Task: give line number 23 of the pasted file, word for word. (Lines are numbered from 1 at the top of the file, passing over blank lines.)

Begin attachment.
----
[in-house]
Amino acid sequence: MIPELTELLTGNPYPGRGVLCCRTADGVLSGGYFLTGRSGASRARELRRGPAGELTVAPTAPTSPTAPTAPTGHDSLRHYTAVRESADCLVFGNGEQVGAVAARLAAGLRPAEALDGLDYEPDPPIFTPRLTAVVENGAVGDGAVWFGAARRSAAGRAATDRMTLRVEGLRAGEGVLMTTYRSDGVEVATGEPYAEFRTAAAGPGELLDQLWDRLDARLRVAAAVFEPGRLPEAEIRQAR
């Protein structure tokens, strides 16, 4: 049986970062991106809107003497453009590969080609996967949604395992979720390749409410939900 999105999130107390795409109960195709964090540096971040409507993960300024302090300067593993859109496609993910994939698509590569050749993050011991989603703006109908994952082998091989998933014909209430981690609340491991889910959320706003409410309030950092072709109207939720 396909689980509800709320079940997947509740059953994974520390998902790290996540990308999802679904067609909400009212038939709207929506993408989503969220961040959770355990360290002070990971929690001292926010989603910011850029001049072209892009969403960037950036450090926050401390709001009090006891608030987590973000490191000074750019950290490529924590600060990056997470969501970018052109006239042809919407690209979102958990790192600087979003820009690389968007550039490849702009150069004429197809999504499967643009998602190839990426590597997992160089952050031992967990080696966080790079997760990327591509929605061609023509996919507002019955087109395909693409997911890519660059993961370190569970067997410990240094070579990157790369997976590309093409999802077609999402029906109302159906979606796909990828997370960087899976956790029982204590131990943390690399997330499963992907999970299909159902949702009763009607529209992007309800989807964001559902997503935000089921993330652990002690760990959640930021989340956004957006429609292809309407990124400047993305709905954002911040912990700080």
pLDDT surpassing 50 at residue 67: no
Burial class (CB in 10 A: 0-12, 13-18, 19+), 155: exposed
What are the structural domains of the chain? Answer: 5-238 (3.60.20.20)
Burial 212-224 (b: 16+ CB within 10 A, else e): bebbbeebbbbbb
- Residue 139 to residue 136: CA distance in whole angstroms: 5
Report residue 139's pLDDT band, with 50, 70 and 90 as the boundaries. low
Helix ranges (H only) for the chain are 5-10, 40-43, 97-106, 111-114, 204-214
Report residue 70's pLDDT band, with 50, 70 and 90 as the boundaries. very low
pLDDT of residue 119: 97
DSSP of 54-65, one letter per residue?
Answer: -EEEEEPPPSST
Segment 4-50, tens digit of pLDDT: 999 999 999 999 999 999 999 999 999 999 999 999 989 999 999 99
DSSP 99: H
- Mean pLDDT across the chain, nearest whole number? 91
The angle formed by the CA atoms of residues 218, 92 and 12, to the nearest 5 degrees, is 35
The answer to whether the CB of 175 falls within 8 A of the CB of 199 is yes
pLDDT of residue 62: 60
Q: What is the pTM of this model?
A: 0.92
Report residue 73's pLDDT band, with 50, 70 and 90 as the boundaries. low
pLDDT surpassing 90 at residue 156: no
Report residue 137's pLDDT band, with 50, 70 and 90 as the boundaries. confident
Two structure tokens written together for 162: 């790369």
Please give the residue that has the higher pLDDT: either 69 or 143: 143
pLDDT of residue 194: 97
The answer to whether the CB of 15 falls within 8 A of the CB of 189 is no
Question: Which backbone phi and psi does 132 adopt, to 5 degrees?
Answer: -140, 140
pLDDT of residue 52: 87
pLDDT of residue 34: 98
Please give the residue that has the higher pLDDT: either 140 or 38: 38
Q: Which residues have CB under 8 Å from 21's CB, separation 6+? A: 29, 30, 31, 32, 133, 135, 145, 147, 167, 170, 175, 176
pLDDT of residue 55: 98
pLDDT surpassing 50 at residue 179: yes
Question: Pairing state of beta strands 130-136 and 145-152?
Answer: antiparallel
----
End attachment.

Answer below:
Report residue 73's pLDDT band, with 50, 70 and 90 as the boundaries. low